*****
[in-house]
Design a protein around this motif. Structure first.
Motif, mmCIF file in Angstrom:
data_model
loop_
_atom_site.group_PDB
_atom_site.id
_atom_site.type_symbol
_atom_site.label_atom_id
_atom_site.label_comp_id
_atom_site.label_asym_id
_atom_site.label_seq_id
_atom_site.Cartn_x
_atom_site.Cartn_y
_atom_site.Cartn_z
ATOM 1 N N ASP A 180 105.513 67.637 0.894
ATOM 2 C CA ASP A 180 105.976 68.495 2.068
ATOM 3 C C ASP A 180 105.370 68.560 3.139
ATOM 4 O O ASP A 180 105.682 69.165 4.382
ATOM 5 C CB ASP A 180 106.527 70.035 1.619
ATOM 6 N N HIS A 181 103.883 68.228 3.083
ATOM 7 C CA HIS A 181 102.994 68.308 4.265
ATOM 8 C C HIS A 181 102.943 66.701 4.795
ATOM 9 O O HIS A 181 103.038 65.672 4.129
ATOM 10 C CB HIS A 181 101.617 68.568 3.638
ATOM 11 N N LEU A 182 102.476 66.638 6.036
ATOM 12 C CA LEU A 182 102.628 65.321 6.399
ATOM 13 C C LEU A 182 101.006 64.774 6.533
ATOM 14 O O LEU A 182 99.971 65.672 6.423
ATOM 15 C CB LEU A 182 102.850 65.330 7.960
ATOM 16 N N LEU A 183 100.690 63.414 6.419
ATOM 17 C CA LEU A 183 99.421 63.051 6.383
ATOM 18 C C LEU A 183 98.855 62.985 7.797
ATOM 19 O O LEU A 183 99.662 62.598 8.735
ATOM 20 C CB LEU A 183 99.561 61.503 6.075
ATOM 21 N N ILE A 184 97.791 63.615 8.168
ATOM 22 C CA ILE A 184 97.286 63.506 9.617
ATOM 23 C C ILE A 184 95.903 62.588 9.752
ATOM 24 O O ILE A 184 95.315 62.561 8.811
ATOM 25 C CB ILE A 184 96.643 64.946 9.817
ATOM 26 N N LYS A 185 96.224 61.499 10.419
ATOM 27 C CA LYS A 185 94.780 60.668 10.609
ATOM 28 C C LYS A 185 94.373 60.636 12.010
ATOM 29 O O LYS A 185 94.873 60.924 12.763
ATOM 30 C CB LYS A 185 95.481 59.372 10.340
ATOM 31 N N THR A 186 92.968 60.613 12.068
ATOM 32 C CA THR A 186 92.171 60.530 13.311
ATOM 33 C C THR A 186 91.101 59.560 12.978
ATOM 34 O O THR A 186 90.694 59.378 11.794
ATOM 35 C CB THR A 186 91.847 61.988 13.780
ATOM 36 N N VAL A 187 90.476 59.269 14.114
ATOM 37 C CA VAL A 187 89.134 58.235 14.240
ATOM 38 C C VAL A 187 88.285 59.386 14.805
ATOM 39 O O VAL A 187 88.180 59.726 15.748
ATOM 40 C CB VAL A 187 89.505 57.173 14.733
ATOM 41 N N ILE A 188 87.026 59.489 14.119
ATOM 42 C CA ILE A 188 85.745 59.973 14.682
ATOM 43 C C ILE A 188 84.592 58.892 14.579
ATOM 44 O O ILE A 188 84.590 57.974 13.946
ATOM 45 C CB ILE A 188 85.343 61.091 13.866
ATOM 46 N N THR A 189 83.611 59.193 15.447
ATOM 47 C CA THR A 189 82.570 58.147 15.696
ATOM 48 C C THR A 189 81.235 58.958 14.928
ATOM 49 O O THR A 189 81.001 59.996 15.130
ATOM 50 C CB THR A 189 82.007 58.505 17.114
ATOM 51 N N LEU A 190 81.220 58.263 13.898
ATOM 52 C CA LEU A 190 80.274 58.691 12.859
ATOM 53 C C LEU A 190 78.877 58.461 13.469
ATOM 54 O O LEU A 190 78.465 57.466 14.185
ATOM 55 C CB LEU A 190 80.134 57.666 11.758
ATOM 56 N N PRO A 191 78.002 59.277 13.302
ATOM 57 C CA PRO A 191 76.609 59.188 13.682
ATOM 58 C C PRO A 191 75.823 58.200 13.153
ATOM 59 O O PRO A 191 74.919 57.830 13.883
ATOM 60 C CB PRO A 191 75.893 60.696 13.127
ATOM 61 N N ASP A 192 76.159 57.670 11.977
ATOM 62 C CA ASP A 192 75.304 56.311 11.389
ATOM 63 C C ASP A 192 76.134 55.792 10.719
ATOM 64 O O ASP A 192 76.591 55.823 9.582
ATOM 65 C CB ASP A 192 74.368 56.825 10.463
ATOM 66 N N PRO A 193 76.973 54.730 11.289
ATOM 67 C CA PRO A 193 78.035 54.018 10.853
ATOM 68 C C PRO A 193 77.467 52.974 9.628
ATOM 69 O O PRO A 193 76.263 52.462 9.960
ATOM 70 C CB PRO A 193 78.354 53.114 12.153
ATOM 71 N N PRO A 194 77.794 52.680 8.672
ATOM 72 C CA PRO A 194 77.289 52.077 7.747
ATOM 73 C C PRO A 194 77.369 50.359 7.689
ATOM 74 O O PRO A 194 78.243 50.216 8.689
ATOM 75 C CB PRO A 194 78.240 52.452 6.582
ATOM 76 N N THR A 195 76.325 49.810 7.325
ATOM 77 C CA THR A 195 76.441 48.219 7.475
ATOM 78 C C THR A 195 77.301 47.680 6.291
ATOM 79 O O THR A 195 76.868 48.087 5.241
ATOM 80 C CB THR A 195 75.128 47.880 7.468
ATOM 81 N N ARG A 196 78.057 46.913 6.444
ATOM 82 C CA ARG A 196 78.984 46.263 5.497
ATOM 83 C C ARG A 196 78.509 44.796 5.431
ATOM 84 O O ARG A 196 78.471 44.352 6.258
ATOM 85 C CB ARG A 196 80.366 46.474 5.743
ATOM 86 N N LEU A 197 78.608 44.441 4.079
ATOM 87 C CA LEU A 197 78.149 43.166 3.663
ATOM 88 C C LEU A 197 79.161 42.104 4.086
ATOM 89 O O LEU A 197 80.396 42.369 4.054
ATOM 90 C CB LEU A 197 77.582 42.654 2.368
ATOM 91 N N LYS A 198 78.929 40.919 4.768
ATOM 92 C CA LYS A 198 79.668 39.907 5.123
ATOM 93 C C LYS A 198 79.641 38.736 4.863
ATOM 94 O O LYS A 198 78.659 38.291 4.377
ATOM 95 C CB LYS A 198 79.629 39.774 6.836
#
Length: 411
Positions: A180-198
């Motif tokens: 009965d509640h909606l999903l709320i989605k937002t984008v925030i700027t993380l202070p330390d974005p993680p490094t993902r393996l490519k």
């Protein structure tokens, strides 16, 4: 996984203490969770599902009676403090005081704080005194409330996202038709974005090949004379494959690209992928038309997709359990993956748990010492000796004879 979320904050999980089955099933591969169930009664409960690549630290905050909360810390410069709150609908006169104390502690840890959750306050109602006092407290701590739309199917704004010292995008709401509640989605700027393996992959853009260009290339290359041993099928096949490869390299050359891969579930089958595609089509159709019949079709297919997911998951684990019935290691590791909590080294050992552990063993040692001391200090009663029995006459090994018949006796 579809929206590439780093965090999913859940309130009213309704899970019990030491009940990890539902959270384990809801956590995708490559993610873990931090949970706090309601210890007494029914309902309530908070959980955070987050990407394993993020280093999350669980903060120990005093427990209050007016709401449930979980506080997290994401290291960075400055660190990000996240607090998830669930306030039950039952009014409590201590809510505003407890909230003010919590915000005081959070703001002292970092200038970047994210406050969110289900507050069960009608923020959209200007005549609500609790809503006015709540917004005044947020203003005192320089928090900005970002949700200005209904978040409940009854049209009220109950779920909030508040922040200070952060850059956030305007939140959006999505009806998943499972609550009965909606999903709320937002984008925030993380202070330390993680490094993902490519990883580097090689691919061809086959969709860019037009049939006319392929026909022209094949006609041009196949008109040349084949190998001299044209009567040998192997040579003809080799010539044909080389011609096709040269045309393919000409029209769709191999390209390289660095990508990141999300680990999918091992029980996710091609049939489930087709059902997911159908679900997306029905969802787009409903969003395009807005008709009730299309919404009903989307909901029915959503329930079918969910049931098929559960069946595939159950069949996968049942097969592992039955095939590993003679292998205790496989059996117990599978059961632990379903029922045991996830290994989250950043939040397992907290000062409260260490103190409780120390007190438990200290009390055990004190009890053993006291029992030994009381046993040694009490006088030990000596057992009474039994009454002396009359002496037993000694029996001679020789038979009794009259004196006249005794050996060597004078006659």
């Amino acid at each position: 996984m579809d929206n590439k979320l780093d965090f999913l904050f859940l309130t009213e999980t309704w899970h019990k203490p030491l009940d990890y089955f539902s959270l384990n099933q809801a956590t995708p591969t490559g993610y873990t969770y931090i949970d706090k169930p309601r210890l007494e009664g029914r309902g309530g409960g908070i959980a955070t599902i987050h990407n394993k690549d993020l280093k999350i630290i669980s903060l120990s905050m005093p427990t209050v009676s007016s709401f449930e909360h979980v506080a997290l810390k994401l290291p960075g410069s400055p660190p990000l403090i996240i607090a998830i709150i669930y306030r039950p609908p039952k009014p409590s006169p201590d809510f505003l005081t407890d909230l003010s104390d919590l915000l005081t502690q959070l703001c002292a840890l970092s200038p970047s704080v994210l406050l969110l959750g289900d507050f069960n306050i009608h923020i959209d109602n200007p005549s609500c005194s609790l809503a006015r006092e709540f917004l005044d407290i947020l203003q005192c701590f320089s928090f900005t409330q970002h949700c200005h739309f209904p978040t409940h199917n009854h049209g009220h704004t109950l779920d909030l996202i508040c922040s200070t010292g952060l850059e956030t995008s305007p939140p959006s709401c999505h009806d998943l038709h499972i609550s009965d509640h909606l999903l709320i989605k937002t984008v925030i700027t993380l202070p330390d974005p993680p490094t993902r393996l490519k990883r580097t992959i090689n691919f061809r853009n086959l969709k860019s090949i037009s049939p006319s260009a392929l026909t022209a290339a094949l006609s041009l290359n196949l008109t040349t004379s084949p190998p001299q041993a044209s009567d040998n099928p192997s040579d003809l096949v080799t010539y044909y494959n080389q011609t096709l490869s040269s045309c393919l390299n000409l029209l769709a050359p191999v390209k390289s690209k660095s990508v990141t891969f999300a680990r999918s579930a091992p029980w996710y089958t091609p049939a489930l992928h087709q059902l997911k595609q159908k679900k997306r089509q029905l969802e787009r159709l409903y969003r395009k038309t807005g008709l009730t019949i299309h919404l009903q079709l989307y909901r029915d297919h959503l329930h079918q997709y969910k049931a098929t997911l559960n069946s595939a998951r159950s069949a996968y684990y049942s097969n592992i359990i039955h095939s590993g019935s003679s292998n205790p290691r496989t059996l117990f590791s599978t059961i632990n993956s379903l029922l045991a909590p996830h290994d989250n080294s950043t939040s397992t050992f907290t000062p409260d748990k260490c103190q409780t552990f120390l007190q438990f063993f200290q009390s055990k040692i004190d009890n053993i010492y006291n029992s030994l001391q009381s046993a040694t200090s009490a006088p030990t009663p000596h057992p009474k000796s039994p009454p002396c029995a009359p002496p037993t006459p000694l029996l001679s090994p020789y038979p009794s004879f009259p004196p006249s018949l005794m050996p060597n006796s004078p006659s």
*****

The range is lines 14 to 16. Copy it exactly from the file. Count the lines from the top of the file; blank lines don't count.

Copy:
_atom_site.Cartn_y
_atom_site.Cartn_z
ATOM 1 N N ASP A 180 105.513 67.637 0.894